A primary analysis of a survey conducted in a tertiary care teaching children's hospital.
Health care professionals who felt comfortable discussing options for end of life care with colleagues also felt more comfortable: initiating a discussion regarding a child's impending death with his/her family (r = 0.42), discussing options for terminal care with a family (r = 0.58), discussing death with families from a variety of ethnic/cultural backgrounds (r = 0.51), guiding parents in developmentally age-appropriate discussions of death with their children (r = 0.43), identifying and seeking advice from a professional role model regarding management concerns (r = 0.40), or interacting with a family following the death of a child (r = 0.51). Among all three disciplines, physicians were more likely to initiate discussions with regards to a child's impending death (F = 13.07; p = 0.007). Health care professionals that received formal grief and bereavement training were more comfortable discussing death.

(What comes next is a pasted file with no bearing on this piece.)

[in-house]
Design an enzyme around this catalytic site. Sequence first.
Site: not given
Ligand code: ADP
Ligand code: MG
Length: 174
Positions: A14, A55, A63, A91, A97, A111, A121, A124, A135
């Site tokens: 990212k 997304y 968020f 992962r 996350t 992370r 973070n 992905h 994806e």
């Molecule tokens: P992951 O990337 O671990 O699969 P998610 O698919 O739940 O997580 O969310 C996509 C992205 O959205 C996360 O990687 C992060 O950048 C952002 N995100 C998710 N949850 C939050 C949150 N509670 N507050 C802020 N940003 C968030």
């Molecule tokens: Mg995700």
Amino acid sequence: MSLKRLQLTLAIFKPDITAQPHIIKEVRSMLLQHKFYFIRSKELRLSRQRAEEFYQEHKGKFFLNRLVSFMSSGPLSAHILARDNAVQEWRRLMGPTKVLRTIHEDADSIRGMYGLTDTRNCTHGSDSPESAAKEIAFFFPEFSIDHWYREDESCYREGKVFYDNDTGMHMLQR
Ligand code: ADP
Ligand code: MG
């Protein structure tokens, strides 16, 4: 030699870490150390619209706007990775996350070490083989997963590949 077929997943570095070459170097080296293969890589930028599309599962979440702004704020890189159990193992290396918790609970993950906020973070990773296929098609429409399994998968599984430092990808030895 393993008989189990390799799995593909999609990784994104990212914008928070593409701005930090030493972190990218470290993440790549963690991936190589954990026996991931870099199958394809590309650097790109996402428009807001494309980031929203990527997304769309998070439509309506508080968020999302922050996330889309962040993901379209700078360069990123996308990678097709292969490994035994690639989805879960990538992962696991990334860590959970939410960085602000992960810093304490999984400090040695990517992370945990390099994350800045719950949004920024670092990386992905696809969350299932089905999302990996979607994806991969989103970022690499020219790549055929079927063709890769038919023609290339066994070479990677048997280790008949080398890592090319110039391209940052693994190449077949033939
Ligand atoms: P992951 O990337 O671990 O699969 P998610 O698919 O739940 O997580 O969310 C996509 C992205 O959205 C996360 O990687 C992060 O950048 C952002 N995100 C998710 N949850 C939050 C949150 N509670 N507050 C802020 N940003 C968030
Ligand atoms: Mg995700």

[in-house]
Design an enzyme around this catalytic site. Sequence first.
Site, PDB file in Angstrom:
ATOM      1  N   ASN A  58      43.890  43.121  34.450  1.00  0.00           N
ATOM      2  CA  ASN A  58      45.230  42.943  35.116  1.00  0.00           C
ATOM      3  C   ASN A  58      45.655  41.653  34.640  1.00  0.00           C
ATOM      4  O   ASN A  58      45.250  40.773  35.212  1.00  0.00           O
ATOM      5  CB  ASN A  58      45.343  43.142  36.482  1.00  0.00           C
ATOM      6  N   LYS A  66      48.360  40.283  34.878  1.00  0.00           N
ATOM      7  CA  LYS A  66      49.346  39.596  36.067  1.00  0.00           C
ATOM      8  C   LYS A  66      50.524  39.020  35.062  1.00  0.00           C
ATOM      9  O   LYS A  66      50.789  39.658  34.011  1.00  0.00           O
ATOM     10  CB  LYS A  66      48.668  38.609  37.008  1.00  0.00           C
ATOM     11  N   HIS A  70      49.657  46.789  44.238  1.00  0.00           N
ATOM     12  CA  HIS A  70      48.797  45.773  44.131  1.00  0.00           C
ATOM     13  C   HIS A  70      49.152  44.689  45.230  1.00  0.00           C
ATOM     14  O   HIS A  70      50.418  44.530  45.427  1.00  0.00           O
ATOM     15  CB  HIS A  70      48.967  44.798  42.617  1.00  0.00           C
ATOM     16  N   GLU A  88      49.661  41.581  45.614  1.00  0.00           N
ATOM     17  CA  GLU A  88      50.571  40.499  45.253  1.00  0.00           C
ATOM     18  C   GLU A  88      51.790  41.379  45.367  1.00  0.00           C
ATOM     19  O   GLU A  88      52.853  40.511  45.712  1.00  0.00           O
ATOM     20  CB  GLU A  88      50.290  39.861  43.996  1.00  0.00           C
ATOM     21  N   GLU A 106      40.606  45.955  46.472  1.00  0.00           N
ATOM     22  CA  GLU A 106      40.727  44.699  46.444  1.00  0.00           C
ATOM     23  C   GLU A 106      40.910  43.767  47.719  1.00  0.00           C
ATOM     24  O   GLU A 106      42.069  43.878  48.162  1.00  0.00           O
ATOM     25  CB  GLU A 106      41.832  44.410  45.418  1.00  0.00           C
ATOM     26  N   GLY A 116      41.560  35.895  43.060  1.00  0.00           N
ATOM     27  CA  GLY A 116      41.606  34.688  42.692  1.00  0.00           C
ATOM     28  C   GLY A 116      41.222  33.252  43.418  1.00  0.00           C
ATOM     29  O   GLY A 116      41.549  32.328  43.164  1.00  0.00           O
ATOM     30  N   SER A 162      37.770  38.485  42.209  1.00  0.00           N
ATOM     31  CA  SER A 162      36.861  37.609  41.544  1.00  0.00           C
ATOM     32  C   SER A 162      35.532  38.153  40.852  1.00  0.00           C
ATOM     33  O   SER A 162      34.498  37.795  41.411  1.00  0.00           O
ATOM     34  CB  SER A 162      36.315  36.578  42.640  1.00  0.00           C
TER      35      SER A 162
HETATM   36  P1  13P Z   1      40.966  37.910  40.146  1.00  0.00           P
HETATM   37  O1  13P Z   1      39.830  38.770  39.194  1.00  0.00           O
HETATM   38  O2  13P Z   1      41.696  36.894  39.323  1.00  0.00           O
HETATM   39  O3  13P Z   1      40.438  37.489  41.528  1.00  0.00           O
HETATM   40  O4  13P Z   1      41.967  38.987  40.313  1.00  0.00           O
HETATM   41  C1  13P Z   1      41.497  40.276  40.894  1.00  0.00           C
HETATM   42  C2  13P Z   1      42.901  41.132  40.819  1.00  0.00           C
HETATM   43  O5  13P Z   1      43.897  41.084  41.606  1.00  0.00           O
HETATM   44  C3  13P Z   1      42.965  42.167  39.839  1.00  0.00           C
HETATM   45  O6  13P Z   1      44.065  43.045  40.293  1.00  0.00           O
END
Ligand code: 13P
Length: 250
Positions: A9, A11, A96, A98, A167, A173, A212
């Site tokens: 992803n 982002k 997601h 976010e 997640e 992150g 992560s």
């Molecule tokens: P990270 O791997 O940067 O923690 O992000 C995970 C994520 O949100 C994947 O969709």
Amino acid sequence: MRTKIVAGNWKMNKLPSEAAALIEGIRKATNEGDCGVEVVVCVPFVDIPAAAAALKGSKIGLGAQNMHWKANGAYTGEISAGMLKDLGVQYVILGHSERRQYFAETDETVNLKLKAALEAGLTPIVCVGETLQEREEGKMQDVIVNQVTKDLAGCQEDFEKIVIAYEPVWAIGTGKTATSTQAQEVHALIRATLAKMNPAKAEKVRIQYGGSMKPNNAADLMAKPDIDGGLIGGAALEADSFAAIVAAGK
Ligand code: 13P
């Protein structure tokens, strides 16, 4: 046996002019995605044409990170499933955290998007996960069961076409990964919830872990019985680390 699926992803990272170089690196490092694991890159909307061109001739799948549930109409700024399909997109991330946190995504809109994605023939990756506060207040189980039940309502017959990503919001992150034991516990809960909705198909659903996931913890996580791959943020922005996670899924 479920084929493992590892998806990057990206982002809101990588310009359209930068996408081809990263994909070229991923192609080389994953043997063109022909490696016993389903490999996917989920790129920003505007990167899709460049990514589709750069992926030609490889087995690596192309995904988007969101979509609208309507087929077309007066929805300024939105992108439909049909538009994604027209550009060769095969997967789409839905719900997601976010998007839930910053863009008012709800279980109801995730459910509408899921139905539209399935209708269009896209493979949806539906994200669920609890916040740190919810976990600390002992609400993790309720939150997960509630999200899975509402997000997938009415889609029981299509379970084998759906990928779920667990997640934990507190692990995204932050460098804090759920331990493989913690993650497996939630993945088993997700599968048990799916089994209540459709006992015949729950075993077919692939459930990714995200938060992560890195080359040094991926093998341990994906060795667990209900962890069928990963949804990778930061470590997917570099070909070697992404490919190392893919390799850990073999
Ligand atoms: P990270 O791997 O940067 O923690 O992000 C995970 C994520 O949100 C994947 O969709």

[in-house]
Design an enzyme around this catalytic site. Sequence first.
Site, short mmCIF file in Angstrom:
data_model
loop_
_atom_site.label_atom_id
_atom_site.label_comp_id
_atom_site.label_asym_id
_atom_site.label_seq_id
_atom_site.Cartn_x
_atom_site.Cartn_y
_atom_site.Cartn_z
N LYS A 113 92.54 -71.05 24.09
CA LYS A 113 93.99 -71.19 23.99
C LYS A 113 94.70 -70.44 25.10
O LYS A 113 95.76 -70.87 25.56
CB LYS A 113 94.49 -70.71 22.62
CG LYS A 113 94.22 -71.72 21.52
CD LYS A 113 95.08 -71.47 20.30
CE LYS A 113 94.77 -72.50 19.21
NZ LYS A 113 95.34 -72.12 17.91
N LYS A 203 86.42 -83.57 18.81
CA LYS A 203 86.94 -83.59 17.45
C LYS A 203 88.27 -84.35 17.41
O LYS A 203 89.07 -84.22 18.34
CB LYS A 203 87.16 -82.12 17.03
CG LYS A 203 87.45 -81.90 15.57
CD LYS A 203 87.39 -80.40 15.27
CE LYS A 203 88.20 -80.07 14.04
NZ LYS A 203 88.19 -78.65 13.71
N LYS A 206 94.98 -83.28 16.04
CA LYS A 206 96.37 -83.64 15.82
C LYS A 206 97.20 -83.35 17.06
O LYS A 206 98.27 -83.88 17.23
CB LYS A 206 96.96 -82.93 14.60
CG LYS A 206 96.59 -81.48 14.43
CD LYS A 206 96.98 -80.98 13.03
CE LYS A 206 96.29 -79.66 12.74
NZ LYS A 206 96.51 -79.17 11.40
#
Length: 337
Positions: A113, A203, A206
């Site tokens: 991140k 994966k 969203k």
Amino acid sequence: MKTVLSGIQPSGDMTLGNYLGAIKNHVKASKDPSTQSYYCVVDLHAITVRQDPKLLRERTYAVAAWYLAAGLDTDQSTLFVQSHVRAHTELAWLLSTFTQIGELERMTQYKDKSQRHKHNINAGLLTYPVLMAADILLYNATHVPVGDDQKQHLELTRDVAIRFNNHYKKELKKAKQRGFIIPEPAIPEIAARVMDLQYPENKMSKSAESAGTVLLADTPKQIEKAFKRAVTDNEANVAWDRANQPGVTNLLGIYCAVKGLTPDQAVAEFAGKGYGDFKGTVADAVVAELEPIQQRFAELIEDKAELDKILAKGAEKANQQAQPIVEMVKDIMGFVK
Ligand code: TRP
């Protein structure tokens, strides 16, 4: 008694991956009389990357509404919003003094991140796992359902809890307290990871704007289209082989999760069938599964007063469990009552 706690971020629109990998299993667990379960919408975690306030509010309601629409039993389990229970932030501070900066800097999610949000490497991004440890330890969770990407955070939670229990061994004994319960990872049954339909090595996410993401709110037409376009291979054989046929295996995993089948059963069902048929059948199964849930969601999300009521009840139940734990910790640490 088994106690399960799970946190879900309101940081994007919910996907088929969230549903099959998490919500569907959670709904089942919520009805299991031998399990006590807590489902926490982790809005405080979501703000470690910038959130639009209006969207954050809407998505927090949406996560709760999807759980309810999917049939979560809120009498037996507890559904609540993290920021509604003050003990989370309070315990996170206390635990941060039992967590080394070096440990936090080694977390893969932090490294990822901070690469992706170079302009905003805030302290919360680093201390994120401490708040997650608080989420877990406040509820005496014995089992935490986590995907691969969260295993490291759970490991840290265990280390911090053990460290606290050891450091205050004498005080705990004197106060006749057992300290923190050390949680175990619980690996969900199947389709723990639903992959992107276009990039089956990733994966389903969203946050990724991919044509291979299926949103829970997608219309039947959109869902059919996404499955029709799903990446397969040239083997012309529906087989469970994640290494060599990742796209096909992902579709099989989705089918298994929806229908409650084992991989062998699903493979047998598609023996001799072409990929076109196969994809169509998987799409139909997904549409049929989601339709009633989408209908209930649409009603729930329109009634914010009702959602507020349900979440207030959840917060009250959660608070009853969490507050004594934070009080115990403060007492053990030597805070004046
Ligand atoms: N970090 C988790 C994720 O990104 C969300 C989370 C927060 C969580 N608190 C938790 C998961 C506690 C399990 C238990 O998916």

Significance of the results:
The results demonstrated that consultation practices are associated with a higher level of comfort in discussing death and dying in pediatrics.
Caring for terminally ill patients is complex, stressful, and at times distressing for nurses. Acute care hospitals continue to be the predominant place of death for terminally ill patients in most Western countries. The objective of the present literature review was to explore and gain an in-depth understanding of the experience of providing end-of-life (EOL) care by medical-surgical RNs working in acute care hospitals, to identify knowledge gaps, and to recommend future research.
A comprehensive literature review was conducted using the following electronic databases: CINAHL, MEDLINE, and PsyInfo (from 1992 to October 2012).
The findings from the 16 reviewed studies suggest that nurses felt a strong commitment to help terminally ill patients experience a good death. Nurses reported feeling deeply rewarded and privileged to share the EOL experience with patients/families. Organizational and individual factors influenced nurses' experience. Important challenges were associated with managing the divergent needs of a mixed patient load (i.e., curative and palliative care patients) in a biomedical culture of care that is heavily oriented toward cure and recovery. In this culture, nurses' emotional work and ideals of good EOL care are often not recognized and supported.
Significance of results: